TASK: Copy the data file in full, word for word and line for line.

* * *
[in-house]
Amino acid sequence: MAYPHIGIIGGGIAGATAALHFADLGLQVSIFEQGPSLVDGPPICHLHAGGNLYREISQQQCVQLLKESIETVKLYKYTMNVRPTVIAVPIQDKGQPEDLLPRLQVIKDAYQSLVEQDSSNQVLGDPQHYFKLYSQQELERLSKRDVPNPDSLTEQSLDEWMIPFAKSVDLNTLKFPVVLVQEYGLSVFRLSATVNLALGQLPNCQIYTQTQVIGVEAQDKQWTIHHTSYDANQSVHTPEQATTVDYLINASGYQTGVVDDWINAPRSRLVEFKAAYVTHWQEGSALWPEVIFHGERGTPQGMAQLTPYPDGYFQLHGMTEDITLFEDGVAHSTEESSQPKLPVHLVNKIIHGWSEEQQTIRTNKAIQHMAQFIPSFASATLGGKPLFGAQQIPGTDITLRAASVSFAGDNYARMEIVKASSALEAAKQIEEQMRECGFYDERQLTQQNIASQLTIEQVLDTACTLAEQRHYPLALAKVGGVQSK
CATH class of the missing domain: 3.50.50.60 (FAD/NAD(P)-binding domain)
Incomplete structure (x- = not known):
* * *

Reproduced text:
[in-house]
Amino acid sequence: MAYPHIGIIGGGIAGATAALHFADLGLQVSIFEQGPSLVDGPPICHLHAGGNLYREISQQQCVQLLKESIETVKLYKYTMNVRPTVIAVPIQDKGQPEDLLPRLQVIKDAYQSLVEQDSSNQVLGDPQHYFKLYSQQELERLSKRDVPNPDSLTEQSLDEWMIPFAKSVDLNTLKFPVVLVQEYGLSVFRLSATVNLALGQLPNCQIYTQTQVIGVEAQDKQWTIHHTSYDANQSVHTPEQATTVDYLINASGYQTGVVDDWINAPRSRLVEFKAAYVTHWQEGSALWPEVIFHGERGTPQGMAQLTPYPDGYFQLHGMTEDITLFEDGVAHSTEESSQPKLPVHLVNKIIHGWSEEQQTIRTNKAIQHMAQFIPSFASATLGGKPLFGAQQIPGTDITLRAASVSFAGDNYARMEIVKASSALEAAKQIEEQMRECGFYDERQLTQQNIASQLTIEQVLDTACTLAEQRHYPLALAKVGGVQSK
CATH class of the missing domain: 3.50.50.60 (FAD/NAD(P)-binding domain)
Incomplete structure (x- = not known):